More than a century before YouTube, the man who gave us the lightbulb and the phonograph shot one of the first cat videos. The grainy 1894 clip produced by Thomas Edison’s movie studio depicts a pair of feline pugilists. With forepaws capped in boxing gloves and harnesses hoisting them onto their hind legs, the inventor’s cats scrap lazily in a miniature ring. That black-and-white footage languished in the Library of Congress before its inevitable digital rebirth as a 22-second loop on YouTube.
While the Internet popularized the cat video with its attendant memes, salable kitsch and viral stars, the genre—if one could call it that—dates back to the inception of cinema. For reasons probed by social science and debated by cultural critics, we have long obsessed over cats. Thanks to 20th century veterinary advances like vaccines, flea meds and sterility, we turned mousers into house pets. We then coddled, sketched, animated and filmed them. Yet in the past decade, with the advent of cheap cameras and online video sharing, that fascination has reached fever-pitch frenzy.
Now, the phenomenon that spawned a global online community of shameless cat lovers has stepped back to reality. The Internet Cat Video Festival, which began as a social experiment by the Walker Art Center in Minneapolis three years ago—to see if something so patently of the Internet could manifest in real life—has spread to more than 130 cities. On Sunday, it touches down at San Jose’s Camera 12 Cinemas.
“Everyone loves cat videos,” says Councilman Pierluigi Oliverio, whose district office will sponsor the event. “They’re just more fun to watch together.”
An hour-long reel will feature kitties from around the world, including ennui-addled Henri le Chat Noir, gravity-defying Hover Cat and maybe a live appearance from the South Bay’s own Dusty the “Klepto Kitty.” Costumes are encouraged, of course, with the promise of prizes. As a city-sponsored event, the kitty klatch will showcase local animal resources, adoptions, catch-and-release efforts and other cat-related nonprofits.
“I’m curious to see how this turns out,” says Oliverio, who rescued two tabbies, “Italian girls” Bellina and Gigi, from a local shelter. “There’s so much popularity around this right now, especially as the population changes. Increasingly, people don’t have kids, so their animal companions become more important to them.”
That cats have become compact, low-maintenance replacement children might explain part of our strange devotion. Though the latter-day cult of cat, which commands billions of views and countless memes, holds such universal appeal that it’s prompted serious academic inquiry.
“It is kind of odd when you think about it,” admits Will Braden, a Seattle filmmaker who curated the festival’s cat clip reel by enduring the eye-stinging task of watching 25,000 submissions. “Why cats and not some other animal?”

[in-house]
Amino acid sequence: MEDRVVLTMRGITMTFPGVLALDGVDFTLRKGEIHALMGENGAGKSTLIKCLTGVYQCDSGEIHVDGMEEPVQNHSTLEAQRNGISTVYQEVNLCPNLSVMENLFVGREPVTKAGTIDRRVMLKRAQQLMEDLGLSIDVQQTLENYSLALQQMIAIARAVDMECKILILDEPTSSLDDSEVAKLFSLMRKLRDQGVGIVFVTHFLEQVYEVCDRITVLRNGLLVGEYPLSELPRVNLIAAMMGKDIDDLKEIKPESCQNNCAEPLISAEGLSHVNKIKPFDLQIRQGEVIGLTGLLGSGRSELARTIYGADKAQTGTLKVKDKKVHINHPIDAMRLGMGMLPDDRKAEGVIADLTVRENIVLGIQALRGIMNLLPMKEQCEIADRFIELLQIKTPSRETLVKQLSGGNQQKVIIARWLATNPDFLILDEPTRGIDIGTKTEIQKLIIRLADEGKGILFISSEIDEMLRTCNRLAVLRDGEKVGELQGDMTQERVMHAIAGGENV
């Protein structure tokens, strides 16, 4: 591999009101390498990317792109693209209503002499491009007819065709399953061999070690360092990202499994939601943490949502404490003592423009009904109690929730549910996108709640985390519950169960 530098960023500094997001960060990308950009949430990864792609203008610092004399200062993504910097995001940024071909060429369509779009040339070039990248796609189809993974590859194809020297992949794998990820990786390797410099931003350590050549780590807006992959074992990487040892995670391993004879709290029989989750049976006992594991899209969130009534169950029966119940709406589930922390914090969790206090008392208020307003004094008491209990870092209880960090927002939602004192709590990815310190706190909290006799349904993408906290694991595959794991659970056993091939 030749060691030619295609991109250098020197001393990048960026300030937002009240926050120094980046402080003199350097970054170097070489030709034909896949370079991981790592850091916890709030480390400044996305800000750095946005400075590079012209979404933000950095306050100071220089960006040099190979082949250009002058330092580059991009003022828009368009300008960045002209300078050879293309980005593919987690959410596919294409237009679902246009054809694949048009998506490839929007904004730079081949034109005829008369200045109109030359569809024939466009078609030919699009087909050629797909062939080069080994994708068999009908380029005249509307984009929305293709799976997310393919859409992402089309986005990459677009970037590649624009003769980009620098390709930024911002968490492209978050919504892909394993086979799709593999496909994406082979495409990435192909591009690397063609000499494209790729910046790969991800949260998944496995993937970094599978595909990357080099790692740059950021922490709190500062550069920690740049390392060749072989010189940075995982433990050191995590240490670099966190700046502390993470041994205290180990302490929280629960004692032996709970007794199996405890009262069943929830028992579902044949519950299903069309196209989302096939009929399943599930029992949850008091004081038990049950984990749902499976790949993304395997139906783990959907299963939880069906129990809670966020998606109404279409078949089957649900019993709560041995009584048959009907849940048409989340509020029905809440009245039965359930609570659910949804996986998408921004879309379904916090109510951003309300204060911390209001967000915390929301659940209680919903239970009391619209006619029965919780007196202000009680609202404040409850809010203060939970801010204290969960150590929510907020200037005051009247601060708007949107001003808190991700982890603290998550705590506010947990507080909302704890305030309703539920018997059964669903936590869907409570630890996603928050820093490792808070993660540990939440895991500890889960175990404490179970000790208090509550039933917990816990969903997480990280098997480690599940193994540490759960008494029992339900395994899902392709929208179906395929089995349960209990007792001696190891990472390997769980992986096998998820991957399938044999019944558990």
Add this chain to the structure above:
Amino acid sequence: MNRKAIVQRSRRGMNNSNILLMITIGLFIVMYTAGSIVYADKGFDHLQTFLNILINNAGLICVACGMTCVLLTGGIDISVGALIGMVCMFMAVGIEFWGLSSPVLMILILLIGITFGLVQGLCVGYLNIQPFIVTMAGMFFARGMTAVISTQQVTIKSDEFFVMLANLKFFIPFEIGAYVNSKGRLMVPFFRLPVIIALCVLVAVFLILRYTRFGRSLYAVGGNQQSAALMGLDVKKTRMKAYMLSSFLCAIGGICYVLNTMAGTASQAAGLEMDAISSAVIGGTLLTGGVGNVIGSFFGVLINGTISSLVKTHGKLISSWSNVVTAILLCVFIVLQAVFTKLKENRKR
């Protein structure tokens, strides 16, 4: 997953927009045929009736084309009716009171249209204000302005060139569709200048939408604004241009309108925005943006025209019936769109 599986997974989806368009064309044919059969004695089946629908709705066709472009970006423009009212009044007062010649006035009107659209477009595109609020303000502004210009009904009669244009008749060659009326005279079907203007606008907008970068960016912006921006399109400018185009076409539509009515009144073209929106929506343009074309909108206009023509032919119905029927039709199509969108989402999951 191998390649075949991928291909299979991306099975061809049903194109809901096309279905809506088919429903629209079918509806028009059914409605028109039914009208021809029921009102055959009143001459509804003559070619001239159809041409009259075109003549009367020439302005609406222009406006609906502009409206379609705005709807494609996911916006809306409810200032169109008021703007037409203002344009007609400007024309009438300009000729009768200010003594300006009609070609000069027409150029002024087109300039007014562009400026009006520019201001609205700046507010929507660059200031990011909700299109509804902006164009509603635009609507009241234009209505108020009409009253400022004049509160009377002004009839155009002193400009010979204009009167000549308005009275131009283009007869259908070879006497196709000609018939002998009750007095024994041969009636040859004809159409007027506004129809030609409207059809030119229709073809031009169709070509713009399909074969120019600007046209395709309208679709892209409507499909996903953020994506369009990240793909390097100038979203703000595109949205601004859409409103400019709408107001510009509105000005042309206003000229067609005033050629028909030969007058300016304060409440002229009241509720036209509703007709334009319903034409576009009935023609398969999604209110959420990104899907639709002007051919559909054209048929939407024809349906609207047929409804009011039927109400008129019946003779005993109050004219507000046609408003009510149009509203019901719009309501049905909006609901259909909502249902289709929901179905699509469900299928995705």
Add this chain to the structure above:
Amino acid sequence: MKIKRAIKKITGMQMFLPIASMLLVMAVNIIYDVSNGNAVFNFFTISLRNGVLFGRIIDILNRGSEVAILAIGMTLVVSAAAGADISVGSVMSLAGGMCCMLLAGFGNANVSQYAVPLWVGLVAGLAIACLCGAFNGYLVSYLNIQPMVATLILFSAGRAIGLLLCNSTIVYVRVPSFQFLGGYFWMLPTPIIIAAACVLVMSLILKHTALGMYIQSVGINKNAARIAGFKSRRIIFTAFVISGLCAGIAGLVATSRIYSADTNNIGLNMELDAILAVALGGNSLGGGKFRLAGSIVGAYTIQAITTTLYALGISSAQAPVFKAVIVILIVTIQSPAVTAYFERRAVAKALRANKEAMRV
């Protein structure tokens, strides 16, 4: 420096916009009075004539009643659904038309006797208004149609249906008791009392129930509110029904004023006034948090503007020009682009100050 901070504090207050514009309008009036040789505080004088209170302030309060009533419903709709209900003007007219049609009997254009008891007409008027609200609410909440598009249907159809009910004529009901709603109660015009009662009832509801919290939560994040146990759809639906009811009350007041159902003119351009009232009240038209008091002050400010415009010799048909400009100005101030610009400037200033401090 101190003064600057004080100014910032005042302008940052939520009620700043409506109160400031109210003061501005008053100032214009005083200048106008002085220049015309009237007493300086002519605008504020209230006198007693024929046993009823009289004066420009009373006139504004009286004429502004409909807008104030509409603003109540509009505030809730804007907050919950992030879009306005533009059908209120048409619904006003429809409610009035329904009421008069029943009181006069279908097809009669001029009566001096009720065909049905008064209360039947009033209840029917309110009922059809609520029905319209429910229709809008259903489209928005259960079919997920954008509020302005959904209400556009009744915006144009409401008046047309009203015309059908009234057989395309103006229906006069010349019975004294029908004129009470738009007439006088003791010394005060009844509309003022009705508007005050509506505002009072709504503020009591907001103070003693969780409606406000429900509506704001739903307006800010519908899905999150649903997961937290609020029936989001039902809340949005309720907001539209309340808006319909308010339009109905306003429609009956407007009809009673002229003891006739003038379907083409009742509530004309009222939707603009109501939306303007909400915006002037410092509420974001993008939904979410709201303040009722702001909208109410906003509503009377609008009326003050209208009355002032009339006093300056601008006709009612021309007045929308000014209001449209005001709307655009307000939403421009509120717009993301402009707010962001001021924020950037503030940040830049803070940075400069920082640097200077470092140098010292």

A prevailing theory suggests that cats rule the Internet for lack of a public social space in the real world. Dogs and their masters can mingle at dog parks. Cats and their humans, for the most part, stay close to hearth and home.
“The Internet became a de facto cat park,” says Braden, creator of the critically acclaimed Henri le Chat Noir videos, whose titular house cat muses on life’s meaninglessness. “You watch these videos and think, ‘I thought my cat was the only one that did that.’ How else would you know? It becomes sort of an inside joke. There’s a sense of connection around that.”
When the Walker Art Center hosted the first cat video festival in 2012 on a lark, organizers expected several hundred attendees at most. More than 10,000 people showed up.
“The festival took something sort of solitary, like watching a video, and made it social and interactive,” says Braden, whose Henri 2: Paw de Deux, which the late Roger Ebert deemed “the best Internet cat video ever made,” won that year’s Golden Kitty Award. “It got such an overwhelming response. A lot of reporters came with condescension and sarcasm, wondering why anyone would pay to see something they could watch for free on YouTube. Now, of course, that question seems ludicrous. That’s kind of like saying, ‘Why would you go to a live event?’”
Three years out, hipster cynicism has worn away—supplanted by sincere, starry-eyed appreciation for the mood-lifting spectacle. As the festivals proliferate throughout the United States and internationally, the novelty has begun to wane while the general public accepts elaborate expressions of cat worship as a given.
“Years ago, there was still a stigma of the ‘Crazy Cat Lady,’” Braden says. “These videos were getting billions of views, yet people wouldn’t openly talk about watching them. But it’s impossible to stand in a field of 10,000 people and be embarrassed of being a cat video fan. It’s funny to me that online cats have gone from this oddity to a wildly popular mass media.”